Buying off the plan property can be an appealing option to property investors and homeowners alike, who wish to own a new home and to benefit from stamp duty discounts. But despite these benefits, off the plan property purchases come with some serious risks.
As conveyancers, we’ve seen the negative side of buying off the plan play out in myriad ways. For instance, the developer may be unable to deliver the terms of the contract, which leaves the buyer with several problems. Or, property values may fall between purchasing and settling, leaving you as the buyer in a position where you need to come up with more cash to settle the deal.
Furthermore, with tens of thousands of new apartments being constructed Australia-wide in 2017, oversupply is a looming issue.
If you are planning to buy off the plan property this year, make sure you know of the following potential pitfalls:
Though property developers provide an estimate of when the property will be completed, finishing behind schedule is a possibility. The uncertainty of apartment completion can be very frustrating for buyers who have already deposited 5-10% of the developer’s asking price for the property.
At best, delays may be an inconvenience. At worst, buyers might be left homeless for some time if their lease expires in the month that the off the plan property is supposed to be finished. To gauge the risk of delay in the property you’re buying, ask the developer about their track record for delivering projects on time in the past.
Different than expected
One thing to consider about off the plan properties is that you never know what the final product will look like. There is always a possibility that the finished product may turn out differently from the original plan, or differently to what you expected.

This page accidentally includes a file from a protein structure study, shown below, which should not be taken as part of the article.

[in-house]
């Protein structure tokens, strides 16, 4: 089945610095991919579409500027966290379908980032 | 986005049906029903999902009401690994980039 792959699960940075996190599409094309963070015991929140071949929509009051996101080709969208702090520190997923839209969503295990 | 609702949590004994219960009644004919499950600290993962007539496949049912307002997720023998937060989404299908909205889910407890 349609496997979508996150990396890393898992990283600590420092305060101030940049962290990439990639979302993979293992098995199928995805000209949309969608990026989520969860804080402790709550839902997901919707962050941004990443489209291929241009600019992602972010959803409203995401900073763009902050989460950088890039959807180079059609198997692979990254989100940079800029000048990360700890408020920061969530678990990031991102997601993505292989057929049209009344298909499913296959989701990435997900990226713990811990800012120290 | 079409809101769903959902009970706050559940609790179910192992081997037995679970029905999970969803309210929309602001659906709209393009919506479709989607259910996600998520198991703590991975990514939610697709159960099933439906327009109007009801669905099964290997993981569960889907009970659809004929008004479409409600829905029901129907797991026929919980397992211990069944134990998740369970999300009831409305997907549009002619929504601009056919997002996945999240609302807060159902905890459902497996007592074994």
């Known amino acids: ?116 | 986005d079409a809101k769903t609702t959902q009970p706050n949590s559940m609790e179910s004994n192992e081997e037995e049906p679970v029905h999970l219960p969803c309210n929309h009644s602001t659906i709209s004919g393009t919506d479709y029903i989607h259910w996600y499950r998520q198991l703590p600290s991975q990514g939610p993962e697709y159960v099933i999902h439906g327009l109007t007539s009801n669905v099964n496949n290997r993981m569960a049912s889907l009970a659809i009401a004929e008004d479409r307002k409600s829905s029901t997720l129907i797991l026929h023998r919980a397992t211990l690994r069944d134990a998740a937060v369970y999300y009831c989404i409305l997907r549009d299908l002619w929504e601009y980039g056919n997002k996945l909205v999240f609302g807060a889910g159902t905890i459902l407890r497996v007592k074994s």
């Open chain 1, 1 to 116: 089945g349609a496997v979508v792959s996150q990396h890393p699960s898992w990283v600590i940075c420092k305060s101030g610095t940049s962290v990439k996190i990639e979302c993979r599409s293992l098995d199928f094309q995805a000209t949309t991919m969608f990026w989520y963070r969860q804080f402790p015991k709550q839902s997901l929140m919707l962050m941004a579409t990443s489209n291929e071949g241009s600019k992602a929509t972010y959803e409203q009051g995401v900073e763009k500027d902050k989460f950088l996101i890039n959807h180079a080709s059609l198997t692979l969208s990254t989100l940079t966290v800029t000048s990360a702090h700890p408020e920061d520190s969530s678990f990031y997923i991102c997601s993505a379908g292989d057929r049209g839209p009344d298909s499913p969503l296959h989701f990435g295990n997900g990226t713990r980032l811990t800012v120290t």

In some cases, the fixtures and fittings may not match the original specifications. But there are also instances in which the floor plan and balconies have actually been different from the ones stated in the contract. Units may even turn out smaller than expected.
In such cases of “material alteration”, we would advise buyers that they have the right to renegotiate the price, but this process can be stressful and time-consuming. Furthermore, not all alterations can be construed as “material” as developers will normally reserve certain rights to amend the plans and specifications for off the plan developments. The best risk mitigation strategy in this regard is to stay in close contact with your developer, and if you see any red flags – such as the measurements and the area of the floor plan being substantially different to what was promised – raise the issue with them as soon as possible.
Slow price appreciation
Experts have been warning that an apartment glut will eventuate this year, which is a cause for concern for off the plan buyers, as it could lower the resale value of your property. According to a recent report, 60% of units purchased off the plan in inner Melbourne since 2011 have made a loss or broke once resold.
Adding to this risk for investors is the fact that BIS Shrapnel is warning that gross yields may fall under 4%, once rental returns slip due to an apartment oversupply. Brisbane and Melbourne are both experiencing a property glut at present, and National Australia Bank forecasts apartment sale prices to stay flat or fall in all capital cities in the short term looking forward. To mitigate this risk, property investors are advised to buy in a location with a small number of apartment buildings, as it helps to ensure a scarcity value.
When buying off the plan, it is impossible to know the final apartment value for the property, even with careful planning and forecasting. Buyers must take the word of the developer and trust it – which can prove to be financially fatal.
In cases where the property is valued at a lower price than the price you agreed to pay, as a buyer, you must make up the difference financially by providing a larger deposit. We have seen clients in this type of situation before as conveyancers and it can be extremely stressful for buyers in this situation.
With many uncertainties in the current property market, not to mention the changing landscape for the mortgage industry, buyers should think doubly hard when buying an off the plan property.